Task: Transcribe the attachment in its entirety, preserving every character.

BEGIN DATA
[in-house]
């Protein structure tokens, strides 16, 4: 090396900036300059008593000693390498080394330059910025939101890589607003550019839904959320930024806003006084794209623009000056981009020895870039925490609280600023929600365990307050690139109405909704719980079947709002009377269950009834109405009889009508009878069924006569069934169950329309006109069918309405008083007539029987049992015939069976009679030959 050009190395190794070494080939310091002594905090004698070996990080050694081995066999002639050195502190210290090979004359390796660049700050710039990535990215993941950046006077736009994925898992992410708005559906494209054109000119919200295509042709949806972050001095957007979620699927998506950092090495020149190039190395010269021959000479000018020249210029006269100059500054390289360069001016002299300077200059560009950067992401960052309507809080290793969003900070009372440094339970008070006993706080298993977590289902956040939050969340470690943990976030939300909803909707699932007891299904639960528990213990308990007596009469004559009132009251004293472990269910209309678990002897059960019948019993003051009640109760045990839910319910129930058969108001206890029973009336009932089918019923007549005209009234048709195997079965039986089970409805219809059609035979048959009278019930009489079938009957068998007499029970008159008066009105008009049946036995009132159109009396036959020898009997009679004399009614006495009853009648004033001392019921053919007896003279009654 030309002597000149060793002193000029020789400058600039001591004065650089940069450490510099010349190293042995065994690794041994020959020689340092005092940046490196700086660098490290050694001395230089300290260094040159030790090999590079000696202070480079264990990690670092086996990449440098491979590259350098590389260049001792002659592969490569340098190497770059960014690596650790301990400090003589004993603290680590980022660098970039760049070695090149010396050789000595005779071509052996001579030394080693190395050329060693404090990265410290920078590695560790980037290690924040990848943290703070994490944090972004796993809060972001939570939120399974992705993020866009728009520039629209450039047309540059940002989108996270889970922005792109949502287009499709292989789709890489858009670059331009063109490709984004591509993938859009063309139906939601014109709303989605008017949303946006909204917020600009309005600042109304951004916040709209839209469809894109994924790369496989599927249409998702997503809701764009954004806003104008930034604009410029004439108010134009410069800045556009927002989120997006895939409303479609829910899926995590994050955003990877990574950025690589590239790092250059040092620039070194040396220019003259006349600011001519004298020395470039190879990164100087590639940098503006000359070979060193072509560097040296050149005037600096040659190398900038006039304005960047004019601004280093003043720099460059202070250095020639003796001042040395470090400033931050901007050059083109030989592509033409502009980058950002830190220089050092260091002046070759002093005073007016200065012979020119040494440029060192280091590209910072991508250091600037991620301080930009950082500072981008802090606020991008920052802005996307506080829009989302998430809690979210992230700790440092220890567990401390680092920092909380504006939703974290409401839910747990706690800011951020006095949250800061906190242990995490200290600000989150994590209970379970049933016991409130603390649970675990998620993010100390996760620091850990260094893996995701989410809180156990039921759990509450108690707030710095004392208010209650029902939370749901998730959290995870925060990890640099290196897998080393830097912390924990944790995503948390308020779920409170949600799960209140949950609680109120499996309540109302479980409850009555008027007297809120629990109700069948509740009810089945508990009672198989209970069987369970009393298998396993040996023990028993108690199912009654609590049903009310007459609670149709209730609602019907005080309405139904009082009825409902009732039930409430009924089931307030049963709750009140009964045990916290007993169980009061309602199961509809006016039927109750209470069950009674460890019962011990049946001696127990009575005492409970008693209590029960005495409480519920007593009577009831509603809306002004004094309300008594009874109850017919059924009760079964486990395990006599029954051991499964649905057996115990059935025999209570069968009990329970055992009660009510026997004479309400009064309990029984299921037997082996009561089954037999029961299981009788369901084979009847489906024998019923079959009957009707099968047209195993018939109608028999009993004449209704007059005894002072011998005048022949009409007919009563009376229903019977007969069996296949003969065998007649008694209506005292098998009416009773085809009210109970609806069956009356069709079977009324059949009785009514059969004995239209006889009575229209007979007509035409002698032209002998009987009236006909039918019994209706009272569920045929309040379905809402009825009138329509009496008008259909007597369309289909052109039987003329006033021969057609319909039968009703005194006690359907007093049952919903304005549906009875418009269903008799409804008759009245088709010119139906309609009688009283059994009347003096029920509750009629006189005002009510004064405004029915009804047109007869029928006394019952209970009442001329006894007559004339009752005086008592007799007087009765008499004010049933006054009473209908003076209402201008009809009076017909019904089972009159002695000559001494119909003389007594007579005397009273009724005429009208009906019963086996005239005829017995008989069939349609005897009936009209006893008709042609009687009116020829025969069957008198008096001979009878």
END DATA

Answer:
[in-house]
């Protein structure tokens, strides 16, 4: 090396900036300059008593000693390498080394330059910025939101890589607003550019839904959320930024806003006084794209623009000056981009020895870039925490609280600023929600365990307050690139109405909704719980079947709002009377269950009834109405009889009508009878069924006569069934169950329309006109069918309405008083007539029987049992015939069976009679030959 050009190395190794070494080939310091002594905090004698070996990080050694081995066999002639050195502190210290090979004359390796660049700050710039990535990215993941950046006077736009994925898992992410708005559906494209054109000119919200295509042709949806972050001095957007979620699927998506950092090495020149190039190395010269021959000479000018020249210029006269100059500054390289360069001016002299300077200059560009950067992401960052309507809080290793969003900070009372440094339970008070006993706080298993977590289902956040939050969340470690943990976030939300909803909707699932007891299904639960528990213990308990007596009469004559009132009251004293472990269910209309678990002897059960019948019993003051009640109760045990839910319910129930058969108001206890029973009336009932089918019923007549005209009234048709195997079965039986089970409805219809059609035979048959009278019930009489079938009957068998007499029970008159008066009105008009049946036995009132159109009396036959020898009997009679004399009614006495009853009648004033001392019921053919007896003279009654 030309002597000149060793002193000029020789400058600039001591004065650089940069450490510099010349190293042995065994690794041994020959020689340092005092940046490196700086660098490290050694001395230089300290260094040159030790090999590079000696202070480079264990990690670092086996990449440098491979590259350098590389260049001792002659592969490569340098190497770059960014690596650790301990400090003589004993603290680590980022660098970039760049070695090149010396050789000595005779071509052996001579030394080693190395050329060693404090990265410290920078590695560790980037290690924040990848943290703070994490944090972004796993809060972001939570939120399974992705993020866009728009520039629209450039047309540059940002989108996270889970922005792109949502287009499709292989789709890489858009670059331009063109490709984004591509993938859009063309139906939601014109709303989605008017949303946006909204917020600009309005600042109304951004916040709209839209469809894109994924790369496989599927249409998702997503809701764009954004806003104008930034604009410029004439108010134009410069800045556009927002989120997006895939409303479609829910899926995590994050955003990877990574950025690589590239790092250059040092620039070194040396220019003259006349600011001519004298020395470039190879990164100087590639940098503006000359070979060193072509560097040296050149005037600096040659190398900038006039304005960047004019601004280093003043720099460059202070250095020639003796001042040395470090400033931050901007050059083109030989592509033409502009980058950002830190220089050092260091002046070759002093005073007016200065012979020119040494440029060192280091590209910072991508250091600037991620301080930009950082500072981008802090606020991008920052802005996307506080829009989302998430809690979210992230700790440092220890567990401390680092920092909380504006939703974290409401839910747990706690800011951020006095949250800061906190242990995490200290600000989150994590209970379970049933016991409130603390649970675990998620993010100390996760620091850990260094893996995701989410809180156990039921759990509450108690707030710095004392208010209650029902939370749901998730959290995870925060990890640099290196897998080393830097912390924990944790995503948390308020779920409170949600799960209140949950609680109120499996309540109302479980409850009555008027007297809120629990109700069948509740009810089945508990009672198989209970069987369970009393298998396993040996023990028993108690199912009654609590049903009310007459609670149709209730609602019907005080309405139904009082009825409902009732039930409430009924089931307030049963709750009140009964045990916290007993169980009061309602199961509809006016039927109750209470069950009674460890019962011990049946001696127990009575005492409970008693209590029960005495409480519920007593009577009831509603809306002004004094309300008594009874109850017919059924009760079964486990395990006599029954051991499964649905057996115990059935025999209570069968009990329970055992009660009510026997004479309400009064309990029984299921037997082996009561089954037999029961299981009788369901084979009847489906024998019923079959009957009707099968047209195993018939109608028999009993004449209704007059005894002072011998005048022949009409007919009563009376229903019977007969069996296949003969065998007649008694209506005292098998009416009773085809009210109970609806069956009356069709079977009324059949009785009514059969004995239209006889009575229209007979007509035409002698032209002998009987009236006909039918019994209706009272569920045929309040379905809402009825009138329509009496008008259909007597369309289909052109039987003329006033021969057609319909039968009703005194006690359907007093049952919903304005549906009875418009269903008799409804008759009245088709010119139906309609009688009283059994009347003096029920509750009629006189005002009510004064405004029915009804047109007869029928006394019952209970009442001329006894007559004339009752005086008592007799007087009765008499004010049933006054009473209908003076209402201008009809009076017909019904089972009159002695000559001494119909003389007594007579005397009273009724005429009208009906019963086996005239005829017995008989069939349609005897009936009209006893008709042609009687009116020829025969069957008198008096001979009878």